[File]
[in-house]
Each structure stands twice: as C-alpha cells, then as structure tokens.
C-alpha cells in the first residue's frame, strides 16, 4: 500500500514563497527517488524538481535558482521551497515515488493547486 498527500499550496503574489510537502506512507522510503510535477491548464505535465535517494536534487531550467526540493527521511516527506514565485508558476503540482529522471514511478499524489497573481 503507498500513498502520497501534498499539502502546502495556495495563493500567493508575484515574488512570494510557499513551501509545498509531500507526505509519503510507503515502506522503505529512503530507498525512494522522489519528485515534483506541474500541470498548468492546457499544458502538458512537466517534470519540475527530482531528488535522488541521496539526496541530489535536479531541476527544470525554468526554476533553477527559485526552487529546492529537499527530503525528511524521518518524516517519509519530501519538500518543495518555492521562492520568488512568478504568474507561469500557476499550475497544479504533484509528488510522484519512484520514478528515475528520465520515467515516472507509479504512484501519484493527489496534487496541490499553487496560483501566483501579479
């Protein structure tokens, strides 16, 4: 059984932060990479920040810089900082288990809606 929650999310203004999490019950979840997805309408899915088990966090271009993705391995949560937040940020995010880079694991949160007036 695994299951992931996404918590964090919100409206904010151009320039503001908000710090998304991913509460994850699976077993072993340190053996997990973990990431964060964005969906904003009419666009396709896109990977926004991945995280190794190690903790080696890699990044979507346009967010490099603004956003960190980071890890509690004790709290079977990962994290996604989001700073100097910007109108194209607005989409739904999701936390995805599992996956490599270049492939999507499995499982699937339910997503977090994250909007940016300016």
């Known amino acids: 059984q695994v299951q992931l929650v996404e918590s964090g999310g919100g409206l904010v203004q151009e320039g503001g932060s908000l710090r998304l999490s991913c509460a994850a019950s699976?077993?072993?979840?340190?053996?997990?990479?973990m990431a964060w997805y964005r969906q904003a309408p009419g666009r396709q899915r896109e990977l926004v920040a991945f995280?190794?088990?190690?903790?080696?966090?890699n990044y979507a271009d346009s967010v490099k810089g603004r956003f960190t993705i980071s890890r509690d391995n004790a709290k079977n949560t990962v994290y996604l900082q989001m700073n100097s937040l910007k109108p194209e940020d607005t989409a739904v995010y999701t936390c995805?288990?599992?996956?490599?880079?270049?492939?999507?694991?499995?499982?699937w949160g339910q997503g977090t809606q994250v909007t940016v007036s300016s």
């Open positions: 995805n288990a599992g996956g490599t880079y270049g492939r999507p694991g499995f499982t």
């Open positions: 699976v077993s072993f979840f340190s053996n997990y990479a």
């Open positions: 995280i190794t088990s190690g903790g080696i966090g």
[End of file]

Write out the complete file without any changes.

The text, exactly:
[in-house]
Each structure stands twice: as C-alpha cells, then as structure tokens.
C-alpha cells in the first residue's frame, strides 16, 4: 500500500514563497527517488524538481535558482521551497515515488493547486 498527500499550496503574489510537502506512507522510503510535477491548464505535465535517494536534487531550467526540493527521511516527506514565485508558476503540482529522471514511478499524489497573481 503507498500513498502520497501534498499539502502546502495556495495563493500567493508575484515574488512570494510557499513551501509545498509531500507526505509519503510507503515502506522503505529512503530507498525512494522522489519528485515534483506541474500541470498548468492546457499544458502538458512537466517534470519540475527530482531528488535522488541521496539526496541530489535536479531541476527544470525554468526554476533553477527559485526552487529546492529537499527530503525528511524521518518524516517519509519530501519538500518543495518555492521562492520568488512568478504568474507561469500557476499550475497544479504533484509528488510522484519512484520514478528515475528520465520515467515516472507509479504512484501519484493527489496534487496541490499553487496560483501566483501579479
């Protein structure tokens, strides 16, 4: 059984932060990479920040810089900082288990809606 929650999310203004999490019950979840997805309408899915088990966090271009993705391995949560937040940020995010880079694991949160007036 695994299951992931996404918590964090919100409206904010151009320039503001908000710090998304991913509460994850699976077993072993340190053996997990973990990431964060964005969906904003009419666009396709896109990977926004991945995280190794190690903790080696890699990044979507346009967010490099603004956003960190980071890890509690004790709290079977990962994290996604989001700073100097910007109108194209607005989409739904999701936390995805599992996956490599270049492939999507499995499982699937339910997503977090994250909007940016300016």
């Known amino acids: 059984q695994v299951q992931l929650v996404e918590s964090g999310g919100g409206l904010v203004q151009e320039g503001g932060s908000l710090r998304l999490s991913c509460a994850a019950s699976?077993?072993?979840?340190?053996?997990?990479?973990m990431a964060w997805y964005r969906q904003a309408p009419g666009r396709q899915r896109e990977l926004v920040a991945f995280?190794?088990?190690?903790?080696?966090?890699n990044y979507a271009d346009s967010v490099k810089g603004r956003f960190t993705i980071s890890r509690d391995n004790a709290k079977n949560t990962v994290y996604l900082q989001m700073n100097s937040l910007k109108p194209e940020d607005t989409a739904v995010y999701t936390c995805?288990?599992?996956?490599?880079?270049?492939?999507?694991?499995?499982?699937w949160g339910q997503g977090t809606q994250v909007t940016v007036s300016s």
């Open positions: 995805n288990a599992g996956g490599t880079y270049g492939r999507p694991g499995f499982t």
């Open positions: 699976v077993s072993f979840f340190s053996n997990y990479a």
């Open positions: 995280i190794t088990s190690g903790g080696i966090g």